With four-inch-long legs they can parachute through the air using their web.

First, we had the spotted lanternflies, then we endured the Cicadas which come out ever seventeen years, and now we have a possible invasion of large flying spiders coming to the Northeast. These unique creatures, the Joro Spiders (Nephila Clavata), are not your typical arachnids. They are brightly colored and have an impressive leg span of four inches.

Initially from Japan, they are believed to have infiltrated the Southeastern United States in 2013, with the highest concentration reported in Georgia starting in 2021. There is a theory that they were unintentionally transported to the United States via human activity such as international trade, cargo shipments or personal travel.

As reports confirm, the invasion of the Joro Spider is anticipated to continue north potentially reaching New Jersey later this year. This is not just a matter of a few spiders. As they continue to spread up the East coast, there are serious concerns about the potential disruption they could cause to the local ecosystem. These spiders are known to effectively control insect populations, so the introduction of a non-native species could significantly upset the balance of any local ecosystem.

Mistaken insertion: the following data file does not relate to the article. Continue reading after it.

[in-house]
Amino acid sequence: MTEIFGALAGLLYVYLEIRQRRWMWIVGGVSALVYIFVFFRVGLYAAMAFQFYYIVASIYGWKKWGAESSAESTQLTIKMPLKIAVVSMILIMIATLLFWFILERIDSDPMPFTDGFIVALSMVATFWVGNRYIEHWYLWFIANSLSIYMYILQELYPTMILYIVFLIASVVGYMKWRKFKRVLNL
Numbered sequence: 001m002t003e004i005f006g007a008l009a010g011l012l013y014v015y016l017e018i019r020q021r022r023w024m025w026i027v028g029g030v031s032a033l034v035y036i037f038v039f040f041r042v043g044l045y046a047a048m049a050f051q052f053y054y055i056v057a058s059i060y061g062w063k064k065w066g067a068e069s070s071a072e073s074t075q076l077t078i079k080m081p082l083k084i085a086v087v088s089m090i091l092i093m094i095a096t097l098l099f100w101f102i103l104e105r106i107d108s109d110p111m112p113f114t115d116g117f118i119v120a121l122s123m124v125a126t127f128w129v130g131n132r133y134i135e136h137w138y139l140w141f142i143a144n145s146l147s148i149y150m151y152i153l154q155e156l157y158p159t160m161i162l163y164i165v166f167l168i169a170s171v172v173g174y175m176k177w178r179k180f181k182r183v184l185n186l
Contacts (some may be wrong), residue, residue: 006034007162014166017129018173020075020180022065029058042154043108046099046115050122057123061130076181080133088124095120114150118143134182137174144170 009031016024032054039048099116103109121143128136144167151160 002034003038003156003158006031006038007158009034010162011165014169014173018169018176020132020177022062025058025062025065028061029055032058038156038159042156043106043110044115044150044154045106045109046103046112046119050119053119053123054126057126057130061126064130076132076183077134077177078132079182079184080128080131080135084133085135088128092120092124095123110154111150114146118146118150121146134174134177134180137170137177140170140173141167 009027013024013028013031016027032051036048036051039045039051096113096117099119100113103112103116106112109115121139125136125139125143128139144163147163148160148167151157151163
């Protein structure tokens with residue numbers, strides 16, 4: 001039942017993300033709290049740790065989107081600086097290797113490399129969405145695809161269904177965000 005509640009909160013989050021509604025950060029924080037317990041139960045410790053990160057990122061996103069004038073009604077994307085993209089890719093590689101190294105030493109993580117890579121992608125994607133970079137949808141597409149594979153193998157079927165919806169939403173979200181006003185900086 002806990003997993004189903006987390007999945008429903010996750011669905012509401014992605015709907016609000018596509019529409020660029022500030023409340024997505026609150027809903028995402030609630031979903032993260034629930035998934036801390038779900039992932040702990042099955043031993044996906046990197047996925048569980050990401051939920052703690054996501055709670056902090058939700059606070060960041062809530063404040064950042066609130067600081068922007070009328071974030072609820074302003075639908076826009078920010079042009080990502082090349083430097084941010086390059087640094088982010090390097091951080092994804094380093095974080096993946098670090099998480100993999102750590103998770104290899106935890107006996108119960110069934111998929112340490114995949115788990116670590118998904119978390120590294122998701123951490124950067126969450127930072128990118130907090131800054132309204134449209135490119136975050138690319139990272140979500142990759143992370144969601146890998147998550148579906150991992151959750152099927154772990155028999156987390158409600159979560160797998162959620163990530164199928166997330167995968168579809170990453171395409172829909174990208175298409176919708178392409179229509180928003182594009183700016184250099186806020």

Joro spiders are predatory to many insects and may harm the food web, possibly creating a ripple effect throughout the local ecosystem. The Joro spider will also pose challenges for residents and local authorities. Because of their overwhelming size and appearance, they will frighten many people with intimidation. There is also fear and concern about causing harm to humans because they are venomous. Their venom is not deadly to humans, but it may cause allergic reactions and discomfort to some individuals.

Another trait that sets them apart from other spiders is their flying ability, which is uncommon in other spiders. Their ability to fly comes from a technique known as ballooning. They release silk threads into the air, and the wind carries them through the air as if they were flying.

There is a significant need for education and awareness to coexist with these large arachnids with minimal panic and concern. But rest assured, efforts to manage the invasion are currently underway. Researchers and scientists are diligently studying their behavior and monitoring the spread. Understanding the biology and ecological effects of these spiders is a top priority, as it will help develop effective strategies to mitigate the impact they will have.

One pest control company has taken the initiative to effectively educate its clients on the possibility of an upcoming invasion. Russell Sieb, president of NJ Pest Control and certified Veteran owned, will educate anyone who contacts NJ Pest Control on how to plan and react to a possible invasion. You can learn more at 4NJPest.com.

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